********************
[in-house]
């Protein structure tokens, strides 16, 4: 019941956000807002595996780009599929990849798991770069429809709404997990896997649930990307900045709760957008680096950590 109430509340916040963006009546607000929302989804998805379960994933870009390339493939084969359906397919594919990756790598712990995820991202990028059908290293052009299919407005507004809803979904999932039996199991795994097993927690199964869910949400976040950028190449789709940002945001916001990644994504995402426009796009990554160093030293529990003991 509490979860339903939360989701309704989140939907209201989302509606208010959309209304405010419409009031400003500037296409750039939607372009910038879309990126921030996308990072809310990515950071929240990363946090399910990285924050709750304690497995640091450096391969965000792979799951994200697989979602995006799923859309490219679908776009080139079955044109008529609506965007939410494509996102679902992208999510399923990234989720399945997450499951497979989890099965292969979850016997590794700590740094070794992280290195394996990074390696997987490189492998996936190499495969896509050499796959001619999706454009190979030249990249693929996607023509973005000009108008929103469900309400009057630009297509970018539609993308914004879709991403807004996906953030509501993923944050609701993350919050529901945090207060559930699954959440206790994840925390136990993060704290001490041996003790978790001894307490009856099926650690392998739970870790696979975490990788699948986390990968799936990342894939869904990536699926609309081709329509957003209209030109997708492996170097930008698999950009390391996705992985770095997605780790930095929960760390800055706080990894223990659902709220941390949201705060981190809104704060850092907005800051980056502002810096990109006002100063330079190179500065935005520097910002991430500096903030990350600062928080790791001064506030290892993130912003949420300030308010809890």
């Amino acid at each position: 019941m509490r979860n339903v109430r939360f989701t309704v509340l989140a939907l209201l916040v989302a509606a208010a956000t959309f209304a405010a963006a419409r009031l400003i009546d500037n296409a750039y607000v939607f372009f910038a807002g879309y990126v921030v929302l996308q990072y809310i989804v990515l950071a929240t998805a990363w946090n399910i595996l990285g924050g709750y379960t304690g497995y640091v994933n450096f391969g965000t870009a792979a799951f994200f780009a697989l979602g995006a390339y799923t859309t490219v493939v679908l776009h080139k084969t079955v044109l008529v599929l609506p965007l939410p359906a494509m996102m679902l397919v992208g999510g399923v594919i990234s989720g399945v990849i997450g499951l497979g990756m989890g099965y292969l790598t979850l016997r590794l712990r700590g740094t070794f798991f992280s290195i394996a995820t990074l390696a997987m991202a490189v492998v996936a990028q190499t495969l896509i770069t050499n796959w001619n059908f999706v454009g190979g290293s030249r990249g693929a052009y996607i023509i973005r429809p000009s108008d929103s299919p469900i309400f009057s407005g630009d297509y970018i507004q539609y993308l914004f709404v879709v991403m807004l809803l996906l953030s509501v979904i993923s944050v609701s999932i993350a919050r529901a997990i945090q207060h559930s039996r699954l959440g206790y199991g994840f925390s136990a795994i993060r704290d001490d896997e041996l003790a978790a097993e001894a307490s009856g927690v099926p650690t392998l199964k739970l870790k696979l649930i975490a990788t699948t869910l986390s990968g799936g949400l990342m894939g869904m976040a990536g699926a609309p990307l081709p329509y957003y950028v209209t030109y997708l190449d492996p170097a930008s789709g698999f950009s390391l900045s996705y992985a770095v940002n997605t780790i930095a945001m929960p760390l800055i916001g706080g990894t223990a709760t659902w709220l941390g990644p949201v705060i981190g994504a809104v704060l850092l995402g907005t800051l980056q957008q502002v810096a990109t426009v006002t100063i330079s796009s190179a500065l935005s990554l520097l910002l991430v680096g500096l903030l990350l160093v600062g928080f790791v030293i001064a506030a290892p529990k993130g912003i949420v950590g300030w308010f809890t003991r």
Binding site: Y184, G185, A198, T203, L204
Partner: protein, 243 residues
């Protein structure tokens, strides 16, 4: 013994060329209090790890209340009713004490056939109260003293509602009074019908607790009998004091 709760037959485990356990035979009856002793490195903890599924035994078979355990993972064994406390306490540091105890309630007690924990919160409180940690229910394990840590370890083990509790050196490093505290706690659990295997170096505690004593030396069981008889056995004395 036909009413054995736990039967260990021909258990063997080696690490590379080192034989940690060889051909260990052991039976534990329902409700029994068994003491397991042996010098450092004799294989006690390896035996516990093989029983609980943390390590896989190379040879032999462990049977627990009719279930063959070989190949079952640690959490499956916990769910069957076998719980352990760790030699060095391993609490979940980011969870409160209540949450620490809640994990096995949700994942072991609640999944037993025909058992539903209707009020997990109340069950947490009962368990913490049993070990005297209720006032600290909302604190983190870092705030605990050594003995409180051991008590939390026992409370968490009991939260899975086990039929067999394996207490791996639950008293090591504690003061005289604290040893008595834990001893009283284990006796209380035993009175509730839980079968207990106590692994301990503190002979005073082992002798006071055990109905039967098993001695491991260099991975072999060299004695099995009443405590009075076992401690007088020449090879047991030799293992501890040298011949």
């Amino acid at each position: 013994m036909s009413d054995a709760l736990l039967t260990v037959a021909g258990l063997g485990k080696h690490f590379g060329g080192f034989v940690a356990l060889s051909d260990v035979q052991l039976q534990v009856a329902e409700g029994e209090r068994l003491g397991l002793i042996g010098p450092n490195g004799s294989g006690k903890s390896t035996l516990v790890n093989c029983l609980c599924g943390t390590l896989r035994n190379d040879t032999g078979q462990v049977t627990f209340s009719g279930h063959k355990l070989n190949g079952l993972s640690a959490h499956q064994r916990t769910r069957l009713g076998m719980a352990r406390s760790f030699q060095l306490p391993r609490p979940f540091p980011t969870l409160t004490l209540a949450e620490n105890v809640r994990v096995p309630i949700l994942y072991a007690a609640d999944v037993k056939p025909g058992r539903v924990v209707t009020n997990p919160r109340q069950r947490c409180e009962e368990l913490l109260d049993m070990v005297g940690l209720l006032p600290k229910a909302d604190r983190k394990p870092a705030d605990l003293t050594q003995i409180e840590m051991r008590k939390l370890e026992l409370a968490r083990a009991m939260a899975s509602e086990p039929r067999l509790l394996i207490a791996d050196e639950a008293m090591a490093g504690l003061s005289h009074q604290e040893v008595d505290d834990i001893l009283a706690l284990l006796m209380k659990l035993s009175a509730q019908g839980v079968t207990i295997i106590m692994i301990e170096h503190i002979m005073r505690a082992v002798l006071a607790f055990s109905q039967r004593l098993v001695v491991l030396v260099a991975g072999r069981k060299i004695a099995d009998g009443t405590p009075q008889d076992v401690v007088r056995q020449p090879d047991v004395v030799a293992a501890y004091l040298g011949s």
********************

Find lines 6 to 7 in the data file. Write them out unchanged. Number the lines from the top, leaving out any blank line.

């Protein structure tokens, strides 16, 4: 013994060329209090790890209340009713004490056939109260003293509602009074019908607790009998004091 709760037959485990356990035979009856002793490195903890599924035994078979355990993972064994406390306490540091105890309630007690924990919160409180940690229910394990840590370890083990509790050196490093505290706690659990295997170096505690004593030396069981008889056995004395 036909009413054995736990039967260990021909258990063997080696690490590379080192034989940690060889051909260990052991039976534990329902409700029994068994003491397991042996010098450092004799294989006690390896035996516990093989029983609980943390390590896989190379040879032999462990049977627990009719279930063959070989190949079952640690959490499956916990769910069957076998719980352990760790030699060095391993609490979940980011969870409160209540949450620490809640994990096995949700994942072991609640999944037993025909058992539903209707009020997990109340069950947490009962368990913490049993070990005297209720006032600290909302604190983190870092705030605990050594003995409180051991008590939390026992409370968490009991939260899975086990039929067999394996207490791996639950008293090591504690003061005289604290040893008595834990001893009283284990006796209380035993009175509730839980079968207990106590692994301990503190002979005073082992002798006071055990109905039967098993001695491991260099991975072999060299004695099995009443405590009075076992401690007088020449090879047991030799293992501890040298011949």
């Amino acid at each position: 013994m036909s009413d054995a709760l736990l039967t260990v037959a021909g258990l063997g485990k080696h690490f590379g060329g080192f034989v940690a356990l060889s051909d260990v035979q052991l039976q534990v009856a329902e409700g029994e209090r068994l003491g397991l002793i042996g010098p450092n490195g004799s294989g006690k903890s390896t035996l516990v790890n093989c029983l609980c599924g943390t390590l896989r035994n190379d040879t032999g078979q462990v049977t627990f209340s009719g279930h063959k355990l070989n190949g079952l993972s640690a959490h499956q064994r916990t769910r069957l009713g076998m719980a352990r406390s760790f030699q060095l306490p391993r609490p979940f540091p980011t969870l409160t004490l209540a949450e620490n105890v809640r994990v096995p309630i949700l994942y072991a007690a609640d999944v037993k056939p025909g058992r539903v924990v209707t009020n997990p919160r109340q069950r947490c409180e009962e368990l913490l109260d049993m070990v005297g940690l209720l006032p600290k229910a909302d604190r983190k394990p870092a705030d605990l003293t050594q003995i409180e840590m051991r008590k939390l370890e026992l409370a968490r083990a009991m939260a899975s509602e086990p039929r067999l509790l394996i207490a791996d050196e639950a008293m090591a490093g504690l003061s005289h009074q604290e040893v008595d505290d834990i001893l009283a706690l284990l006796m209380k659990l035993s009175a509730q019908g839980v079968t207990i295997i106590m692994i301990e170096h503190i002979m005073r505690a082992v002798l006071a607790f055990s109905q039967r004593l098993v001695v491991l030396v260099a991975g072999r069981k060299i004695a099995d009998g009443t405590p009075q008889d076992v401690v007088r056995q020449p090879d047991v004395v030799a293992a501890y004091l040298g011949s």